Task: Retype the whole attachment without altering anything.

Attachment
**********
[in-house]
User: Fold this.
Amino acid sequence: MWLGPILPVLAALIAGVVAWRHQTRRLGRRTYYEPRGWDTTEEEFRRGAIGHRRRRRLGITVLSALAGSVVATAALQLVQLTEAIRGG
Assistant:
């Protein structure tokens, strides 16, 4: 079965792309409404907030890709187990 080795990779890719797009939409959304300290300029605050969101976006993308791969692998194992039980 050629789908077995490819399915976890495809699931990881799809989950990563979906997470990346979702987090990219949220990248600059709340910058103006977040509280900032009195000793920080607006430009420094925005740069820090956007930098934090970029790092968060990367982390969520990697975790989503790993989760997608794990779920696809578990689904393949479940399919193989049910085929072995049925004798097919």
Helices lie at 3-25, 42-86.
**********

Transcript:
[in-house]
User: Fold this.
Amino acid sequence: MWLGPILPVLAALIAGVVAWRHQTRRLGRRTYYEPRGWDTTEEEFRRGAIGHRRRRRLGITVLSALAGSVVATAALQLVQLTEAIRGG
Assistant:
């Protein structure tokens, strides 16, 4: 079965792309409404907030890709187990 080795990779890719797009939409959304300290300029605050969101976006993308791969692998194992039980 050629789908077995490819399915976890495809699931990881799809989950990563979906997470990346979702987090990219949220990248600059709340910058103006977040509280900032009195000793920080607006430009420094925005740069820090956007930098934090970029790092968060990367982390969520990697975790989503790993989760997608794990779920696809578990689904393949479940399919193989049910085929072995049925004798097919």
Helices lie at 3-25, 42-86.